Republicans are looking at four years of rebuilding and preparing for the next presidential election. By that time, no Republican presidential nominee will have won the popular vote in twenty years. However, President Donald Trump’s strong showing among Hispanic voters in Florida and Texas, scoring around 32 per cent of Hispanic voters nationally, has shown there is potential for the Republicans to expand their base and build a multi-ethnic, working-class coalition that can win a majority.
Reaching this point is easier said than done, especially after the failure of the past four years to secure significant policy victories for working-class Americans. In Britain, the Conservative Government is facing a similar challenge as it tries to deliver change for the new working-class voters it gained by promising to deliver on Brexit. As Britain tackles the second wave of coronavirus, one of the politicians whose reputation has been buoyed by the crisis is Chancellor Rishi Sunak, who heads the Treasury. An innovative economic response has made him a household name and a strong contender as a future Conservative leader.
Sunak grew up in Southampton, in the South of England, where his Indian grandparents arrived with their children from East Africa in the 1960s. His parents worked hard to get him into a prestigious private school. From there, Sunak went onto Oxford University and a Fulbright scholarship at Stanford University. It was at Stanford where he met his future wife, Akshata Murphy, the daughter of an Indian tech billionaire. Following graduation, Sunak began a career in investment banking, developing a reputation for quick thinking and problem-solving.
Despite his origins in the South and global finance, Sunak became an MP for a constituency in the North of England that backed Brexit in 2016. Sunak himself is a Brexiteer who was also fast to support Boris Johnson in the Conservative party leadership election last year. As a young politician, only entering Parliament in 2015, he carries very little ideological baggage. Instead, Sunak presents himself as a pragmatic, compassionate and patriotic Conservative.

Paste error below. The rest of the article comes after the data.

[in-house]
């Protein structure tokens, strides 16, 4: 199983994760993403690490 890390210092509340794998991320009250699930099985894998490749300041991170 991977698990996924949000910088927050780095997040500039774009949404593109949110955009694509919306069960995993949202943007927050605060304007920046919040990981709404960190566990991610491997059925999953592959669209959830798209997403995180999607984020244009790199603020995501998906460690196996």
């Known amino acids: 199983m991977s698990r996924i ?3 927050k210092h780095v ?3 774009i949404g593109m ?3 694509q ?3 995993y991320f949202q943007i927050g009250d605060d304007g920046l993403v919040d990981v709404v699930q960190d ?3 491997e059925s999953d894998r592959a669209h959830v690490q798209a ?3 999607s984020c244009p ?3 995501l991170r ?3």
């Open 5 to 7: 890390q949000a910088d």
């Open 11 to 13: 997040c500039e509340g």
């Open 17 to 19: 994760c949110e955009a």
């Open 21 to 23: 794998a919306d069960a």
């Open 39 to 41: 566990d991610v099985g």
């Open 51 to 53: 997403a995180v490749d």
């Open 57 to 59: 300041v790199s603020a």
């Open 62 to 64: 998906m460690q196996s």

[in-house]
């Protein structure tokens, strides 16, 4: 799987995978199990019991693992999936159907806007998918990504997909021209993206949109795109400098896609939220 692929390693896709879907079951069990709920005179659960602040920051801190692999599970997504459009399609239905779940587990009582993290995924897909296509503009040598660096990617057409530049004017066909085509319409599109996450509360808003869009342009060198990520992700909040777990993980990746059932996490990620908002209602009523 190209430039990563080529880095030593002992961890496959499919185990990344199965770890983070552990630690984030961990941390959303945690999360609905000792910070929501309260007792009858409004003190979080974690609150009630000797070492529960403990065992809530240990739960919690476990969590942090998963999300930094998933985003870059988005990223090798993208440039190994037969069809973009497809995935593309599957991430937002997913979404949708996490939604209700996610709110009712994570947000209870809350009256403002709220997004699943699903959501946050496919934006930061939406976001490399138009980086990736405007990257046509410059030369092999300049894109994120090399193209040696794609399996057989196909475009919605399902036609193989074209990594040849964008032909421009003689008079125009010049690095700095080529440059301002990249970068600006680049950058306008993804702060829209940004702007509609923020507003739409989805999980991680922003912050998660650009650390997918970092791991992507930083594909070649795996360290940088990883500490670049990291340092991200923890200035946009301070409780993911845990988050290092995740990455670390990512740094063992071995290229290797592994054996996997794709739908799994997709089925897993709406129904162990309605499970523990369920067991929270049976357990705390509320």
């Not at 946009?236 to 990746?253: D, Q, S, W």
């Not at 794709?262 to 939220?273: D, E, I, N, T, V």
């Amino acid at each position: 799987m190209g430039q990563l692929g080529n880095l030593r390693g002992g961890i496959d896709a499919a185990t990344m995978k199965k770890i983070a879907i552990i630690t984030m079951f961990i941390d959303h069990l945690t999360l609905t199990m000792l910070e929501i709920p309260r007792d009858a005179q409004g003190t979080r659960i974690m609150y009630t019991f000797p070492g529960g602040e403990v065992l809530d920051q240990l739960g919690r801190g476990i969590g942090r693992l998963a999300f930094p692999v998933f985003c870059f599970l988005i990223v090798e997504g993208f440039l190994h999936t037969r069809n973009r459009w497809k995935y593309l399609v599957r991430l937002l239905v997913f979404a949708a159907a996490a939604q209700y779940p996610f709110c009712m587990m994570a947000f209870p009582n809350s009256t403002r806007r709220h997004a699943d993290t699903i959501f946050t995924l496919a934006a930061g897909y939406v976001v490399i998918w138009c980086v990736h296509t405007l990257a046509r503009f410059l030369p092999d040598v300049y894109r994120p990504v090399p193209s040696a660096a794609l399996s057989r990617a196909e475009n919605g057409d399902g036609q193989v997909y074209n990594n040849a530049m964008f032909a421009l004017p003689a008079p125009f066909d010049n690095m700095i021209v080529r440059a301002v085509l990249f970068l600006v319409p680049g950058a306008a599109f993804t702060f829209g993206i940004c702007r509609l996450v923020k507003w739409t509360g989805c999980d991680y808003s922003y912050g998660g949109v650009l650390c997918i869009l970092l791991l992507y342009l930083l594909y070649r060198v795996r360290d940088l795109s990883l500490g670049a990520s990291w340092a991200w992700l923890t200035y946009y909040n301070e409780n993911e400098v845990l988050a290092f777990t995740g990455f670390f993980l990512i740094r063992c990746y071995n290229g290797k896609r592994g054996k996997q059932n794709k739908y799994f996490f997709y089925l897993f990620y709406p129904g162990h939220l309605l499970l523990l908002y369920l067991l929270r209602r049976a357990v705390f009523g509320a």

Since becoming Chancellor in February, Sunak has pledged “to do whatever it takes” to get the economy through the pandemic, providing over £200 billion of wage subsidies, grants and loans to towns, businesses, and workers. The economic impact of the virus is devastating Main Street, and Sunak is trying to make sure the Conservatives stand by the little guy and not just big business. The combination of a strong communications operation and radical policy approach has turned Sunak into an effective and popular Chancellor.
In one of Sunak’s signature schemes, Eat Out to Help Out, the Treasury funded a 50 percent discount on all food and non-alcoholic drinks served by participating hospitality businesses on Mondays, Tuesdays and Wednesdays through the whole of August. Written off as a populist gimmick by the Labour opposition, it became a runaway success with over 100 million meals covered, helping recovering businesses. Sunak gained the media nickname “Dishy Rishi” for his good looks as well as his scheme’s popularity. Restaurants, bars, and pubs continued to use his personal brand for promoting new discounts and offers even after the scheme ended.
The spending on coronavirus schemes will have to be paid back once the crisis has passed, which has created serious questions for the Chancellor over how to keep the promises made by Prime Minister Boris Johnson in last year’s general election to “level up” the country. The Conservatives have made it their mission to tackle the socio-economic divide between the North and South of England through increased investment in infrastructure and services for working-class communities that backed Brexit and have been left behind by globalization.